By MICHELE C. HOLLOW
November 1, 2017
The elderly dementia patient in the next room was unresponsive and in a foul mood, the head nurse warned. Dapper Dan and Beatrice took that information into account and proceeded anyway.
The patient was lying in bed with her eyes wide open and didn’t say a word when the pair launched into a medley of 50s tunes. By the time they got to their third song, “Under the Boardwalk,” they noticed the patient’s toes were moving to the rhythm under the bedsheet and that she was gently tapping her fingers to the music.
It was a subtle move that many singers would have missed. But these performers were trained to look for it.
Dapper Dan is the stage name of Dikki Ellis, and Beatrice is the stage name of Ilene Weiss. They work for Vaudeville Visits, a program at Saint Barnabas Medical Center in Livingston, N.J., which is run by Healthy Humor, a national nonprofit that primarily sends clowns to pediatric units in hospitals.
The performers can be seen prancing down hospital corridors and in hospital rooms, singing, telling jokes, playing musical instruments, laughing, and connecting with patients, their families and staff members.
Healthy Humor’s founders, Deborah Kaufmann, Dina Paul-Parks and Karen McCarty, have more than 60 years of combined experience in health care clowning, mainly in the Big Apple Circus’s Clown Care Unit. When the circus went bankrupt last year, the three pooled their resources and formed Healthy Humor. They recently signed Children’s Hospital in Philadelphia as their 12th client.
They felt it was especially important to maintain the Vaudeville Visits program, which the Big Apple Circus started in 2004, because there are few such programs for patients with dementia. (Meanwhile, under new owners, the Big Apple Circus resumed performances in Damrosch Park at Lincoln Center last week.)
A recent pilot study in the Journal of the American Geriatrics Society reported that clowning reduced moderate to severe behavioral symptoms of dementia. The study involved teams of two clowns working together, going from room to room to visit patients in Toronto’s long-term care geriatric homes.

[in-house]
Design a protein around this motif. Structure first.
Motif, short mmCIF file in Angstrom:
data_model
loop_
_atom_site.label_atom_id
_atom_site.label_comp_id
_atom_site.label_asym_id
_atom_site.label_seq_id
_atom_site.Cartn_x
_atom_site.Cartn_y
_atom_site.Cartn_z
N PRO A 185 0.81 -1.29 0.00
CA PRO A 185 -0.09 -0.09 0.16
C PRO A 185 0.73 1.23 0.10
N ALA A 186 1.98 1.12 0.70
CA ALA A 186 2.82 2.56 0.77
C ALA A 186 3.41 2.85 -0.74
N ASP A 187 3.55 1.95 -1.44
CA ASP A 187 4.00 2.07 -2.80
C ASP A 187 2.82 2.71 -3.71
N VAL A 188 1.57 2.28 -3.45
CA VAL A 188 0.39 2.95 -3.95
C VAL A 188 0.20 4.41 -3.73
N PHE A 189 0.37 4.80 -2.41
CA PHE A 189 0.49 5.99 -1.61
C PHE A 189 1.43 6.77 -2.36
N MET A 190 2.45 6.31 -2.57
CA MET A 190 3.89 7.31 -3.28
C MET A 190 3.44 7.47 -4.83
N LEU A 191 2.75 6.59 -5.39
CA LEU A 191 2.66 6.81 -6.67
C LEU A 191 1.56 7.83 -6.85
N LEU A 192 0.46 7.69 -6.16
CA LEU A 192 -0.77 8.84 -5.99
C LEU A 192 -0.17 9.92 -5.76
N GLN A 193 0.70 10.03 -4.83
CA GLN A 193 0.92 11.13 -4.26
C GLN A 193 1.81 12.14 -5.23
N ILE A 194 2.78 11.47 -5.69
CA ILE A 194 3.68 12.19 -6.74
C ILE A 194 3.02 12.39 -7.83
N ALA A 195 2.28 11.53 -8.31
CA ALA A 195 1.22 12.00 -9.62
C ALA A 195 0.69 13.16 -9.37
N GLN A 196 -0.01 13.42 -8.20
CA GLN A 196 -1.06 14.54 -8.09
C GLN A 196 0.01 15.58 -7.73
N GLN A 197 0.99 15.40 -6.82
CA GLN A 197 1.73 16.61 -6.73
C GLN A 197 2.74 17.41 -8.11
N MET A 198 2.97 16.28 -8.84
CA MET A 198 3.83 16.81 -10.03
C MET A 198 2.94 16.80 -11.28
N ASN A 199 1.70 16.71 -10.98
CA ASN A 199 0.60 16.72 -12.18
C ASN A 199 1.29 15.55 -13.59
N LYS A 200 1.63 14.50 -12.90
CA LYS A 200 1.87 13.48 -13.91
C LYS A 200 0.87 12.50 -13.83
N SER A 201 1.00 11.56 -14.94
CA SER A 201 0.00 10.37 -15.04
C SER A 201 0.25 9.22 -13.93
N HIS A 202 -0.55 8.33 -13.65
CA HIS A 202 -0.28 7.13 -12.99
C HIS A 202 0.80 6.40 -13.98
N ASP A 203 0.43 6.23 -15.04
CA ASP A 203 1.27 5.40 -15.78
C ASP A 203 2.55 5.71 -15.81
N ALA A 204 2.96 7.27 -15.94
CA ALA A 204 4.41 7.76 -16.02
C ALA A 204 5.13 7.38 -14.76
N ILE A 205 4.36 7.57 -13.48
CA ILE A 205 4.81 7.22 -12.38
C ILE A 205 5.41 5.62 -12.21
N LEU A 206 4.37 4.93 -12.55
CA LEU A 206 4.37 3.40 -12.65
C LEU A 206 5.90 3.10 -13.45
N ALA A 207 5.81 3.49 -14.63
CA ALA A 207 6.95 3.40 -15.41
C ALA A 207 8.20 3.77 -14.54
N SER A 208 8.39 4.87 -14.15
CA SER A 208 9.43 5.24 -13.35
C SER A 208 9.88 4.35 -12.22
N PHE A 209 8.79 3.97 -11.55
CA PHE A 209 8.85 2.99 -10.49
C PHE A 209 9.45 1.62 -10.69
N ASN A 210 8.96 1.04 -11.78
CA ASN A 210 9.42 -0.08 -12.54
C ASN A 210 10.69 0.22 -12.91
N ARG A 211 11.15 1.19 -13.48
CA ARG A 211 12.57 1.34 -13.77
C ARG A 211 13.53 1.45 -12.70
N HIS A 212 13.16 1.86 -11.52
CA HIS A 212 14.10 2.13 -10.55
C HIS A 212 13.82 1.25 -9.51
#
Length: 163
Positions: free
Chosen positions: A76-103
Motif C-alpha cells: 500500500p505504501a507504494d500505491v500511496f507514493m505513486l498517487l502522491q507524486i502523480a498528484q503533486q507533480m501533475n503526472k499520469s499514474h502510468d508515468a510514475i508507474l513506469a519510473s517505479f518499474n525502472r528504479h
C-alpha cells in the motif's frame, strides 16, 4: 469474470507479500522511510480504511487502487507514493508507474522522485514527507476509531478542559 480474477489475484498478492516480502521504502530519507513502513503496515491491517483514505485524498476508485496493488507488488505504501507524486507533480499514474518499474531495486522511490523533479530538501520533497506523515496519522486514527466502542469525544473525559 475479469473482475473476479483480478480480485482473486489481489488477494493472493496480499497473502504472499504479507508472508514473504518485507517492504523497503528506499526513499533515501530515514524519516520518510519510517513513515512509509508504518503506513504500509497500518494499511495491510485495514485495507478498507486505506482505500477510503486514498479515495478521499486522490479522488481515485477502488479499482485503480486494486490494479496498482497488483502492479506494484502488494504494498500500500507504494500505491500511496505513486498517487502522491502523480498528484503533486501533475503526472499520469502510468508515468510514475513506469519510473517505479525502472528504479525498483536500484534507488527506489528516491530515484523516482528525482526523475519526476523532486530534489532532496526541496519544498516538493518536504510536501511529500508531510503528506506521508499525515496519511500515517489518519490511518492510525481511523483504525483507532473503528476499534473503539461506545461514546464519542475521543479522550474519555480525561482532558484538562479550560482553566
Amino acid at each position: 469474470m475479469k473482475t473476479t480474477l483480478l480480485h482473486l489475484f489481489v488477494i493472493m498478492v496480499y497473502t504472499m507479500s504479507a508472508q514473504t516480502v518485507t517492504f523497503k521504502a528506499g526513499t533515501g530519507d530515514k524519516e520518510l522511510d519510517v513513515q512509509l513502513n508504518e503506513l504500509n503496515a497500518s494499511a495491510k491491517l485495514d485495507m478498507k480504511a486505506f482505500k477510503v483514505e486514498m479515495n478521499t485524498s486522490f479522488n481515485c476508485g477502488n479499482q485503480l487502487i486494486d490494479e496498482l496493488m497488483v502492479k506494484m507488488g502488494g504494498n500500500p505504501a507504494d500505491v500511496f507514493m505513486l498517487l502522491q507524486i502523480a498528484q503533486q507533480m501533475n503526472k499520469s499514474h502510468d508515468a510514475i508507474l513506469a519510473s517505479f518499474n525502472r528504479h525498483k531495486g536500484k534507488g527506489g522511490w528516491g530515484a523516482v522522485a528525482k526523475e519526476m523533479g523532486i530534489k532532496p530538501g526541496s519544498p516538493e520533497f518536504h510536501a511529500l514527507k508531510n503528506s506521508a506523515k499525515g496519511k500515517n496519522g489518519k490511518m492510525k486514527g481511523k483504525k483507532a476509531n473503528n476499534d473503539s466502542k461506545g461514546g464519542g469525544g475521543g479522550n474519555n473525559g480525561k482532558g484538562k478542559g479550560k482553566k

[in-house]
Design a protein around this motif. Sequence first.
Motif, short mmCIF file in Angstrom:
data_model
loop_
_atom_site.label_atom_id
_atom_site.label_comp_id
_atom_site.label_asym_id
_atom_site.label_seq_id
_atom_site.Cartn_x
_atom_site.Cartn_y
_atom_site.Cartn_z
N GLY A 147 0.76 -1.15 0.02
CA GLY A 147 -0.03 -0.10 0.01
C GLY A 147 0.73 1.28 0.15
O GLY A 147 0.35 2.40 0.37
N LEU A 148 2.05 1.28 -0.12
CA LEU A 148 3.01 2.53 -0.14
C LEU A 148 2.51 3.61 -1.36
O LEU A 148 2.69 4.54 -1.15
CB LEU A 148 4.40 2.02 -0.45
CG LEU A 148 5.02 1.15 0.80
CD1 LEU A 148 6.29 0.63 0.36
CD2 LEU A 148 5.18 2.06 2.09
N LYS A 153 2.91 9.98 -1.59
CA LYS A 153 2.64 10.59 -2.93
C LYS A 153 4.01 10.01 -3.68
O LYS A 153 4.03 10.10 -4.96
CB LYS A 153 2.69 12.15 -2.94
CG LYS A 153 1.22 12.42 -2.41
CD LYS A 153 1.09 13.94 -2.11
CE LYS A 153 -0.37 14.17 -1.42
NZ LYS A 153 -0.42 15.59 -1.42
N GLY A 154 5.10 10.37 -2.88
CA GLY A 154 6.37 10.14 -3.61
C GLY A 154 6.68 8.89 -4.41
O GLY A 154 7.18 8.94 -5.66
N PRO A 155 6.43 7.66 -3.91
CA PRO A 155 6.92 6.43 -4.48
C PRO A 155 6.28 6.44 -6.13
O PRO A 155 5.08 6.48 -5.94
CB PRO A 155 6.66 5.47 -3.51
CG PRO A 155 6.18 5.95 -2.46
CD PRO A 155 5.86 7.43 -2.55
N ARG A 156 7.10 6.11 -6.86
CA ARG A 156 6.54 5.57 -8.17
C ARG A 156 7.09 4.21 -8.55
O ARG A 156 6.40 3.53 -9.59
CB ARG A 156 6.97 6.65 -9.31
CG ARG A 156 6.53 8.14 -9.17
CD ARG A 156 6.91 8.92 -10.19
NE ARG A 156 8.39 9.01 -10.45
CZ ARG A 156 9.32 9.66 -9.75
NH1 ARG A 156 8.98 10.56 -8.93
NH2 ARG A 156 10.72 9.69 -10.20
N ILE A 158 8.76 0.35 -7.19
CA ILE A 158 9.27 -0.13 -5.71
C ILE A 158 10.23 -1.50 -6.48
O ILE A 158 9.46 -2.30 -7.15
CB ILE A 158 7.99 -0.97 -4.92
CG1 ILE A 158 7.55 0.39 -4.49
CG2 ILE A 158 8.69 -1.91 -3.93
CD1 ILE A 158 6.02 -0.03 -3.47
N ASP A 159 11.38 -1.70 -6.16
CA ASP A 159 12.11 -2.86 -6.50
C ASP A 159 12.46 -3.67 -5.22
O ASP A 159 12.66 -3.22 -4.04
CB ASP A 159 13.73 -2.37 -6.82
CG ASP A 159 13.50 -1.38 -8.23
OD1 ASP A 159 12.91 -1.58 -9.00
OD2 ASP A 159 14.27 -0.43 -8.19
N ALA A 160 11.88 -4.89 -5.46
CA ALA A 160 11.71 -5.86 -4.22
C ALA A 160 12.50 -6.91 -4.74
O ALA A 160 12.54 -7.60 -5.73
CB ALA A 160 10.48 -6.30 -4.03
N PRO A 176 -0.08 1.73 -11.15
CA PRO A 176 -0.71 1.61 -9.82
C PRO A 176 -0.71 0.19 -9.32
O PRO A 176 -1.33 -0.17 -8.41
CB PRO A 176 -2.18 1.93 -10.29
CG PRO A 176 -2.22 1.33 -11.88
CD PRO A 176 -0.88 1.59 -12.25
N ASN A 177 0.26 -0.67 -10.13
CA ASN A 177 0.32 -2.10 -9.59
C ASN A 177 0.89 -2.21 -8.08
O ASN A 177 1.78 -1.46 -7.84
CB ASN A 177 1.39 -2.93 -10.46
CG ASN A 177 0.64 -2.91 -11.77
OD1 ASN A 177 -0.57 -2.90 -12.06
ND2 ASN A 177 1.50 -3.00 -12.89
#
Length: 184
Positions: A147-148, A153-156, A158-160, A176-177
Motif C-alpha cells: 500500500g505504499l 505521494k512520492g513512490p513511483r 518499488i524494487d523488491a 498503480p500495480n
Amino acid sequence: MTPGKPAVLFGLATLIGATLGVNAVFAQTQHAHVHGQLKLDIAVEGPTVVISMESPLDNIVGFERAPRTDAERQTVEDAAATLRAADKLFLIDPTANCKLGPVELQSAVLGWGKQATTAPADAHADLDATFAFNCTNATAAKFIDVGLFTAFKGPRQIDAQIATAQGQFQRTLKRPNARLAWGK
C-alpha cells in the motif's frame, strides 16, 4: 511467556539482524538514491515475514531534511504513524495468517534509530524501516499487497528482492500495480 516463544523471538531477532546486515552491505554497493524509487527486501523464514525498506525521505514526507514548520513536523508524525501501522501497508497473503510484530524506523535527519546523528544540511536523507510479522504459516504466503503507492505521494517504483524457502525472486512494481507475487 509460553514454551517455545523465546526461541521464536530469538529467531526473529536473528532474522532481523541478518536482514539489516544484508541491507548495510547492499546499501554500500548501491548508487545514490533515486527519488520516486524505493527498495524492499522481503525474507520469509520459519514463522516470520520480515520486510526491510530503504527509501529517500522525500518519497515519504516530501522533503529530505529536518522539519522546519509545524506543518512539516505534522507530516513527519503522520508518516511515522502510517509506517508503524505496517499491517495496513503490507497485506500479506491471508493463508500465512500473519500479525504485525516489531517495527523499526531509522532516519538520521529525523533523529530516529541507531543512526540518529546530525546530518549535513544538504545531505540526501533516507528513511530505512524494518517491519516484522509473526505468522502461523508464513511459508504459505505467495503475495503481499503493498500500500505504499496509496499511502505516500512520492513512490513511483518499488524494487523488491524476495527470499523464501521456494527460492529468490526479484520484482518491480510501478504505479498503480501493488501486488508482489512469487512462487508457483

“We found that after the residents interacted with the clowns for 12 weeks, there was a significant reduction in their neuropsychiatric symptoms,” said Pia Kontos, a scientist at Toronto Rehabilitation Institute and the lead author of the study. “Our study found elder clowns were just as effective as medication in bringing down aggression levels in seniors with dementia.”
She said that the clowns’ wearing vintage outfits likely helped evoke memories for the patients. “I thought, intuitively, this would be pretty magical, and it was.”
Vaudeville Visits is meant for people in geriatric residential care facilities and elders in critical care, and its performers clown around but are not dressed as clowns. Instead, they play iconic characters meant to be easily recognizable to patients, including a cow girl, a used-car salesman and “Melvis” — supposedly Elvis Presley’s brother.
When Ms. Kaufmann made her rounds, she dressed as a bride, often roping in eligible bachelors to play her future husband, and she enlisted women to be her bridesmaids. “Everyone recognizes a bride,” she said. “Working with a partner, we can get the patients to engage, participate and have fun. In one instance, my partner played my mother who tried to marry me off.”